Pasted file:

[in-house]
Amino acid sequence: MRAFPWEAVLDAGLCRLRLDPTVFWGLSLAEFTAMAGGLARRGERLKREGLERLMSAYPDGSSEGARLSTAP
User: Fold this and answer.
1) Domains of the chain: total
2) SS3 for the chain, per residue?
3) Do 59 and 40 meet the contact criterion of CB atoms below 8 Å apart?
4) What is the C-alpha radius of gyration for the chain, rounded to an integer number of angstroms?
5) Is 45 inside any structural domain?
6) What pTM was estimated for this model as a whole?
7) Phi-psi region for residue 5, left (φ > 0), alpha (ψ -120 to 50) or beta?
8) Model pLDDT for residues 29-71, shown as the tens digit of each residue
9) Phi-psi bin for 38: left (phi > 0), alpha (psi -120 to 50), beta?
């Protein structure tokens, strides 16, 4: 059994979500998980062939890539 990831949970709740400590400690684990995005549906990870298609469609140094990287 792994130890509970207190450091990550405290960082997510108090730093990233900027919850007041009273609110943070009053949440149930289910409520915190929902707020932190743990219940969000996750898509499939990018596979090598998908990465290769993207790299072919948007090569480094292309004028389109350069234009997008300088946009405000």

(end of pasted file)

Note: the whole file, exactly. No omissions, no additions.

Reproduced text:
[in-house]
Amino acid sequence: MRAFPWEAVLDAGLCRLRLDPTVFWGLSLAEFTAMAGGLARRGERLKREGLERLMSAYPDGSSEGARLSTAP
User: Fold this and answer.
1) Domains of the chain: total
2) SS3 for the chain, per residue?
3) Do 59 and 40 meet the contact criterion of CB atoms below 8 Å apart?
4) What is the C-alpha radius of gyration for the chain, rounded to an integer number of angstroms?
5) Is 45 inside any structural domain?
6) What pTM was estimated for this model as a whole?
7) Phi-psi region for residue 5, left (φ > 0), alpha (ψ -120 to 50) or beta?
8) Model pLDDT for residues 29-71, shown as the tens digit of each residue
9) Phi-psi bin for 38: left (phi > 0), alpha (psi -120 to 50), beta?
């Protein structure tokens, strides 16, 4: 059994979500998980062939890539 990831949970709740400590400690684990995005549906990870298609469609140094990287 792994130890509970207190450091990550405290960082997510108090730093990233900027919850007041009273609110943070009053949440149930289910409520915190929902707020932190743990219940969000996750898509499939990018596979090598998908990465290769993207790299072919948007090569480094292309004028389109350069234009997008300088946009405000």